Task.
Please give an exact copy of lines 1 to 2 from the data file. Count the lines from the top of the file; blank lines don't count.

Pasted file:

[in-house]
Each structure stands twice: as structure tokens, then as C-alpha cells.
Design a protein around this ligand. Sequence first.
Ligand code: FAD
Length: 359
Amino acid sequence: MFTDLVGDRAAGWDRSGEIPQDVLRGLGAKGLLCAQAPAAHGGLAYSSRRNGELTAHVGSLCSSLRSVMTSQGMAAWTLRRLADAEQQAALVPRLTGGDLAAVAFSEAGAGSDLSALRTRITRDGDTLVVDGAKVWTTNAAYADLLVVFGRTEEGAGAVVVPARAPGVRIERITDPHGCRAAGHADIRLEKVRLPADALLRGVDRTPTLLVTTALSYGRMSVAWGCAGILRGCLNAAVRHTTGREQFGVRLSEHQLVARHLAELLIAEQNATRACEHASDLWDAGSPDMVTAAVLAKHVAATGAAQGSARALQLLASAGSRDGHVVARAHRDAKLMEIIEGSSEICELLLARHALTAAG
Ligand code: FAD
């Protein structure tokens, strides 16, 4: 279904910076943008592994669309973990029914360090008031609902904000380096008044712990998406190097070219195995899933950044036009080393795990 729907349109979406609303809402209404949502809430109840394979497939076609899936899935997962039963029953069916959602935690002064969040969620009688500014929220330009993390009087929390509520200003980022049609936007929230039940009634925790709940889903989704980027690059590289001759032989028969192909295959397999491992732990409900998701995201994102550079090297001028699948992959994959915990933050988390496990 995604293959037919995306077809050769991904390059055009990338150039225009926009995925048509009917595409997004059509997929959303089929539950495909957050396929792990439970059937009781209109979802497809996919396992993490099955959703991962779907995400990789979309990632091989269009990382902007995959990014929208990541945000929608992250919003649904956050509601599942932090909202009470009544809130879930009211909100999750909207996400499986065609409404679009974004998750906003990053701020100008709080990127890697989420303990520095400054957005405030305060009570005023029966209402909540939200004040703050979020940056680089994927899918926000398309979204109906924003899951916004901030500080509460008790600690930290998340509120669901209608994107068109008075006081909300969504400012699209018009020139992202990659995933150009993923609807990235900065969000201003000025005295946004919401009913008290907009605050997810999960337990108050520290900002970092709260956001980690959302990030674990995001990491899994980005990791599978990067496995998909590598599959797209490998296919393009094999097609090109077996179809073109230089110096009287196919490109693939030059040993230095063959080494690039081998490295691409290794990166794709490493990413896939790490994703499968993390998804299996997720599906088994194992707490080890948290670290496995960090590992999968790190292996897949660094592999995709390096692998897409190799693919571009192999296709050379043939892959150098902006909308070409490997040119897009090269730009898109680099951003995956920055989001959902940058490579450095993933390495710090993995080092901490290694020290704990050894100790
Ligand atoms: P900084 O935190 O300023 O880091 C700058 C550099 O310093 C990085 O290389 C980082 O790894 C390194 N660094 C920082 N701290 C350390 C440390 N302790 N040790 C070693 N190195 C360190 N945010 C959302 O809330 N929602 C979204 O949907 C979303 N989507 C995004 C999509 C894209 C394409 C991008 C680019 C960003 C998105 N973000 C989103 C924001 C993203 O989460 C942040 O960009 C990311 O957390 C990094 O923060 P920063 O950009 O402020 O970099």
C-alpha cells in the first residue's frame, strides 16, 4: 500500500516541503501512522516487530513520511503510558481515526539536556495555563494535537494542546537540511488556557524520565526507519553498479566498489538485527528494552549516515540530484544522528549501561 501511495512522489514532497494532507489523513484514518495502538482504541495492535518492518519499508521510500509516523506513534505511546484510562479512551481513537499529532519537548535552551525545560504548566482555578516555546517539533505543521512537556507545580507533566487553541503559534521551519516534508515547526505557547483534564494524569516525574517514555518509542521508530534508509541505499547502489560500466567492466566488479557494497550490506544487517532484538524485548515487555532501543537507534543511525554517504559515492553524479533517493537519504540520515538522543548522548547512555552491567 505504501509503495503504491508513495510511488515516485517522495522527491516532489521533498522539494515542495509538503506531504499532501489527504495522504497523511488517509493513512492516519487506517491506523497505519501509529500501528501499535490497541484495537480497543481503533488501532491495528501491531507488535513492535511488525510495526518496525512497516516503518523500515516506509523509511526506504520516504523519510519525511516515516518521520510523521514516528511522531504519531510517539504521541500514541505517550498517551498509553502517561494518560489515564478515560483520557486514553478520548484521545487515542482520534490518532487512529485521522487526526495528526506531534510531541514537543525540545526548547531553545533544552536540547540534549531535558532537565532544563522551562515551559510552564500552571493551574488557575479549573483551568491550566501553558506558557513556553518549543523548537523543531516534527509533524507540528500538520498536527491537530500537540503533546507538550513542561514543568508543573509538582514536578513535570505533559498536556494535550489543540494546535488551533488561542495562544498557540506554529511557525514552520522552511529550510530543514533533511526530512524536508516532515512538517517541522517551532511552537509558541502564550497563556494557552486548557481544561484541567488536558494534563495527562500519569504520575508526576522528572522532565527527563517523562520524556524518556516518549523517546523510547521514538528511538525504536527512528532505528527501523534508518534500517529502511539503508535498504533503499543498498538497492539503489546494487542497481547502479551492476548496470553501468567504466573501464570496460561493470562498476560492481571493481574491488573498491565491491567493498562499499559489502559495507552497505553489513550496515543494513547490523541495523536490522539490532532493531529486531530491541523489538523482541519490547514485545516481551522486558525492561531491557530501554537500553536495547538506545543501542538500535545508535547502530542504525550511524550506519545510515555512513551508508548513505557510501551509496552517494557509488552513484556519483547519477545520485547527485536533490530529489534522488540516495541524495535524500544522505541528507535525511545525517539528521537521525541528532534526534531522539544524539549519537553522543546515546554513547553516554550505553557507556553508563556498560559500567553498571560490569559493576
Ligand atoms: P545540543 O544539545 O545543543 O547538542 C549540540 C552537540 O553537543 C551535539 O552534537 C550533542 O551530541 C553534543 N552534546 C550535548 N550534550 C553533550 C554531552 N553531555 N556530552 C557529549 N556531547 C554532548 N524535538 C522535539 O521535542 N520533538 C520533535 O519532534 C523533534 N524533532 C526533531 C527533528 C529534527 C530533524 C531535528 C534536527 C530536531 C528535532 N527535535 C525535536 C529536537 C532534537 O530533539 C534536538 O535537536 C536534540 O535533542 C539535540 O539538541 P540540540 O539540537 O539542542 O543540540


[in-house]
Each structure stands twice: as structure tokens, then as C-alpha cells.